Tell Him He’s Pelé’s Son of Gamblor takes his gambling seriously. And so, with his favourites Partick Thistle not in action this weekend, he sought out the very unfestive surroundings of a torrentially wet Forthbank to gauge the form of Stirling Albion and Peterhead. The home side, propping up the Third Division, went into the game on the back of a remarkable 6-3 win over Berwick Rangers while Jim McInally’s Blue Toon were hoping to nudge back into the play-off positions after an indifferent run of form.

The dynamic of the match was turned on its head after just 17 minutes when Peterhead defender Scott Ross was shown a straight red card for an off-the-ball incident in which the 21-year-old appeared to elbow Brian Allison. Remarkably, it was Ross’s third red card of the season but, more than their lack of discipline, it was Peterhead’s lack of resilience (albeit on a heavy pitch) which was of greatest concern.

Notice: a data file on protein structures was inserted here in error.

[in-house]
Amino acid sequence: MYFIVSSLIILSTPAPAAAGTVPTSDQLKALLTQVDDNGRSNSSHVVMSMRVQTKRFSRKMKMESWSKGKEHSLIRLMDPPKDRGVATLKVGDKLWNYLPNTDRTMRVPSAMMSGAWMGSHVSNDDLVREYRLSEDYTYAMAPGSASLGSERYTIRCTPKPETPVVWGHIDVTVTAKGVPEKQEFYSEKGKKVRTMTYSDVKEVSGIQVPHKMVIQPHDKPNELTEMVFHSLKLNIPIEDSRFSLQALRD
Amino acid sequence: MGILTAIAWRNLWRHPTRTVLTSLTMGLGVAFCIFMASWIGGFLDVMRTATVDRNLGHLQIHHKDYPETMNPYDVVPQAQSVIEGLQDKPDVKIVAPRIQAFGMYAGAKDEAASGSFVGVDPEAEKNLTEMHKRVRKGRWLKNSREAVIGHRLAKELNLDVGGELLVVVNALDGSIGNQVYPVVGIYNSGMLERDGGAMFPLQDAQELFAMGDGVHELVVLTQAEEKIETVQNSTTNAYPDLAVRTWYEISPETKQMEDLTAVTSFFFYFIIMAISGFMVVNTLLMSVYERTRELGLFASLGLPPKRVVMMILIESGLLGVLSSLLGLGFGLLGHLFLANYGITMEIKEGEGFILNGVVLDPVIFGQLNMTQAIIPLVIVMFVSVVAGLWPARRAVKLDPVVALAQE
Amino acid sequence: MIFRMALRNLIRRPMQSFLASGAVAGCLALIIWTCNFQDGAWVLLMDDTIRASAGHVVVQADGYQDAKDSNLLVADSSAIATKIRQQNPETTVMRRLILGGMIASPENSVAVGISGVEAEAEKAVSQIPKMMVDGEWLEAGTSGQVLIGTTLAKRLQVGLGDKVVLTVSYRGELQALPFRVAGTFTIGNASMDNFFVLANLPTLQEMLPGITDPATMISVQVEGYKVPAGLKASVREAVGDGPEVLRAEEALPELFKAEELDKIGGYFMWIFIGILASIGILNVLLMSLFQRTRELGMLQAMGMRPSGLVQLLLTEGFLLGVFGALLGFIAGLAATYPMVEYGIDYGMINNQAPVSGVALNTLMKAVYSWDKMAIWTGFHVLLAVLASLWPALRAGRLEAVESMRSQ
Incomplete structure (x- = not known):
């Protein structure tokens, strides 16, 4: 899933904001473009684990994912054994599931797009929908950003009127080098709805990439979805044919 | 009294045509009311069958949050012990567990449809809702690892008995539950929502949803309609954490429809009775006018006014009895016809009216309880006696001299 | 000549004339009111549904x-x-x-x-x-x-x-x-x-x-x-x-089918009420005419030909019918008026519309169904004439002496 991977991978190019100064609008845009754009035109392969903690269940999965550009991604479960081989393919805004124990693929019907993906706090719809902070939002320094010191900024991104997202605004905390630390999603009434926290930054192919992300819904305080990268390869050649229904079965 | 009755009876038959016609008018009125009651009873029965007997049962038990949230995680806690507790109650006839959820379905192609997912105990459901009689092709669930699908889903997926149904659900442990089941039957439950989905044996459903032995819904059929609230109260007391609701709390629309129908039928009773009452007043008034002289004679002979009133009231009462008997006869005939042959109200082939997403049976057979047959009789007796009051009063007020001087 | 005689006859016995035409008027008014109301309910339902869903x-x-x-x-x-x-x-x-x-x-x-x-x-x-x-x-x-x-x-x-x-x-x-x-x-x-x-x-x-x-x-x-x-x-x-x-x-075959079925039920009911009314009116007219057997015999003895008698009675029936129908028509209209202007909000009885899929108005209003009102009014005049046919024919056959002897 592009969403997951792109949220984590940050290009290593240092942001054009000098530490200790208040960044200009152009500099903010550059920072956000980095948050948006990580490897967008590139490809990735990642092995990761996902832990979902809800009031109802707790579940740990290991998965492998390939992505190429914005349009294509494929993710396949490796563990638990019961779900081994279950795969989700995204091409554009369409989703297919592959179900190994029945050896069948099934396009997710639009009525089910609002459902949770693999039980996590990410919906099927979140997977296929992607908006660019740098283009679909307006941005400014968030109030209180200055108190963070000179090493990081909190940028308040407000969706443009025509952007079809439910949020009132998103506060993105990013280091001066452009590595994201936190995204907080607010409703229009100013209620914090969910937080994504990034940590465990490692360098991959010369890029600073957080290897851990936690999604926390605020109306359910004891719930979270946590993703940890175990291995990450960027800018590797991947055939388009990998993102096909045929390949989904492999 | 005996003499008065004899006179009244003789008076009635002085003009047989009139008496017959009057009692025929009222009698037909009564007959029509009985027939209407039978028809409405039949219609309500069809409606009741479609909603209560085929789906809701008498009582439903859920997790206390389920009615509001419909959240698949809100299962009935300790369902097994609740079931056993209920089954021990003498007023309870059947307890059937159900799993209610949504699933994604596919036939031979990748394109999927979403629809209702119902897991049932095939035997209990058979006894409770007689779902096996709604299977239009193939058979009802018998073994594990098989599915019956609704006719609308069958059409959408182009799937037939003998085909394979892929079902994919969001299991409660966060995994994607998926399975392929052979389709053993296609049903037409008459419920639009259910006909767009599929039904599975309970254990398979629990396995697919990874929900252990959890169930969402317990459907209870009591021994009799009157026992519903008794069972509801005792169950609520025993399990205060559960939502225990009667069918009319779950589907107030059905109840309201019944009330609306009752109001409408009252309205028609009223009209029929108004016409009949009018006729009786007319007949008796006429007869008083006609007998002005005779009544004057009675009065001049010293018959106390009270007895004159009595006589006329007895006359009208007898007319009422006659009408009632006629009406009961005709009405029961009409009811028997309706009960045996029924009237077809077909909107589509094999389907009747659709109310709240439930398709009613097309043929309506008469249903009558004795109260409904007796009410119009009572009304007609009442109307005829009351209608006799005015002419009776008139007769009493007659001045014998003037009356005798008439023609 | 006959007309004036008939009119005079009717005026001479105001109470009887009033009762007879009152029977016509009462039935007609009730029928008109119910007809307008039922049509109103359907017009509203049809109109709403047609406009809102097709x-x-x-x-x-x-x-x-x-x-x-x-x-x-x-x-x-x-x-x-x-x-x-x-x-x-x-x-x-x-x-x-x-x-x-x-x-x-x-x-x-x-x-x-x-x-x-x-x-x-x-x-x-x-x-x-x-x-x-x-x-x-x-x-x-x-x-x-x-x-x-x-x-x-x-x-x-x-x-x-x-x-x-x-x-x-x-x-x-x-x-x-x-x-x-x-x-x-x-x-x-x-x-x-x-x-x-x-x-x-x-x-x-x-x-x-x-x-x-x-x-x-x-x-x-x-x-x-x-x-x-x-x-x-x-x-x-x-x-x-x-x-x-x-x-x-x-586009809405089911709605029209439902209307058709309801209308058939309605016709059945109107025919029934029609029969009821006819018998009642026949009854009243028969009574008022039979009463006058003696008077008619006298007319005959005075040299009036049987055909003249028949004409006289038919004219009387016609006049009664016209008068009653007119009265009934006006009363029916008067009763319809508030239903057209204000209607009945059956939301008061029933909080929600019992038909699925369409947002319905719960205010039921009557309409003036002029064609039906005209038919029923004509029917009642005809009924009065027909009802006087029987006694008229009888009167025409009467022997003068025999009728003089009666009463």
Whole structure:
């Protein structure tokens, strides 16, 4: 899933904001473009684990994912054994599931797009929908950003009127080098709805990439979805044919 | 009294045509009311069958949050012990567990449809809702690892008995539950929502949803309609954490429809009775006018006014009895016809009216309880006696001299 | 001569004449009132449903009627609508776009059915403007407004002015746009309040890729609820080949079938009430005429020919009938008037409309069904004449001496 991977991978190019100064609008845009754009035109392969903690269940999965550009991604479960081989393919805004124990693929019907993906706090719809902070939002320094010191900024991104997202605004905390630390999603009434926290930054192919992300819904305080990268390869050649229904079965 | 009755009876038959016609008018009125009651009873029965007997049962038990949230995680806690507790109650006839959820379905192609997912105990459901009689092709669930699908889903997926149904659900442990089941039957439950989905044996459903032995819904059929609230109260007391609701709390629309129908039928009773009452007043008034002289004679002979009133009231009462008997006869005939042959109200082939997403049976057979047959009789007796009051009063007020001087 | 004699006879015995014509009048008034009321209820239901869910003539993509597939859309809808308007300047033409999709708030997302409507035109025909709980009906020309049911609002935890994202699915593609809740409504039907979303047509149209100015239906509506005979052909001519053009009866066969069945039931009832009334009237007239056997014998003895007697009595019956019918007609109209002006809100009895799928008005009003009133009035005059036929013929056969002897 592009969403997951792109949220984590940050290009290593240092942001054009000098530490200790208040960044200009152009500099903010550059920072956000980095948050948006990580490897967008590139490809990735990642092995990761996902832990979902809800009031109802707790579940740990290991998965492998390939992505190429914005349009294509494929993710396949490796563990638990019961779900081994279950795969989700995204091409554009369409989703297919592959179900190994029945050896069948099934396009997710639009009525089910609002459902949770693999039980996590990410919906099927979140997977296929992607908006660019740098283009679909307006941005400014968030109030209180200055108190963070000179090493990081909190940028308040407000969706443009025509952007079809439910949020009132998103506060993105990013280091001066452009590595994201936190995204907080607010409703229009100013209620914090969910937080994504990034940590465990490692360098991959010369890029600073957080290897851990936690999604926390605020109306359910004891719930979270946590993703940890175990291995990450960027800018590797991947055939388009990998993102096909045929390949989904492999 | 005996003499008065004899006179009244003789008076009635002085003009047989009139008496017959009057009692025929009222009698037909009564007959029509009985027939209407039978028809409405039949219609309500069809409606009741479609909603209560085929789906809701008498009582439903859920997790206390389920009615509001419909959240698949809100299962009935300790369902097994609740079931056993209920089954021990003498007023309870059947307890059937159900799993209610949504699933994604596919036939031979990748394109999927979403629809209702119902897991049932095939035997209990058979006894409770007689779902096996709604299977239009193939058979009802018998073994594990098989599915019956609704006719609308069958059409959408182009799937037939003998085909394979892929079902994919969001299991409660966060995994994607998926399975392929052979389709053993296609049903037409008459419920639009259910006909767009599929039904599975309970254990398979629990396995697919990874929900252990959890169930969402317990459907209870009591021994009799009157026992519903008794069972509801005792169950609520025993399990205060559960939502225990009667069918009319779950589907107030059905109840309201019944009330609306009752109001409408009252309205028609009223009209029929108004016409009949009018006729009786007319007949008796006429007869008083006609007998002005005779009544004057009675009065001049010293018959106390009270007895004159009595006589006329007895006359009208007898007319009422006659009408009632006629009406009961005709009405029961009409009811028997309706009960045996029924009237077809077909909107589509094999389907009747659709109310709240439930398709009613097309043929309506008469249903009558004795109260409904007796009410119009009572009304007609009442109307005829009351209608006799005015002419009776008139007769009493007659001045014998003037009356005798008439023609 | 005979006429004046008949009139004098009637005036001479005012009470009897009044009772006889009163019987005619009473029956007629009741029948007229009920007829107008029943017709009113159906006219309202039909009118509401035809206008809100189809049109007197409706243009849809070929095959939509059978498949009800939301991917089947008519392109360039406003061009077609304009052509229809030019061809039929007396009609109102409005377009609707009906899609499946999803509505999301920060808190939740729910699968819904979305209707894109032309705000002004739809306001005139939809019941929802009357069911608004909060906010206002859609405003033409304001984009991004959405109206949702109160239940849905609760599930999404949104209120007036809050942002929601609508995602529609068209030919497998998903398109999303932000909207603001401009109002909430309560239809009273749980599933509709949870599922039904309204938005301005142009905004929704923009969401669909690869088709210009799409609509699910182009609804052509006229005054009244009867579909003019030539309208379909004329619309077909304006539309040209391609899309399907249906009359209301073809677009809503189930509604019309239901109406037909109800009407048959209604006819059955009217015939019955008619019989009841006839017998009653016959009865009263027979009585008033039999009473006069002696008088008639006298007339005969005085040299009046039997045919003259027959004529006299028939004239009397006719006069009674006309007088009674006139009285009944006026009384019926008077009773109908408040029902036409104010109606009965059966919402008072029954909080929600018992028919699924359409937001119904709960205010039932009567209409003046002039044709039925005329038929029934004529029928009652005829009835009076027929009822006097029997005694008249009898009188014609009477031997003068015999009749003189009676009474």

The away side’s tactics appeared to heavily rely on hitting long ball after long ball towards Rory McAllister. Yet with little support from midfield, it was Albion – who enjoyed two-thirds of the game’s possession – who were the better side, restricting the visitors to just three attempts on target, the best of which came from David Cox early in the match. The Binos’ pressure finally paid off after 67 minutes when Graeme Sharp, who had only been on the field for five minutes, brought down Stephen Day in the penalty box. Jordan White’s resultant spot-kick proved decisive.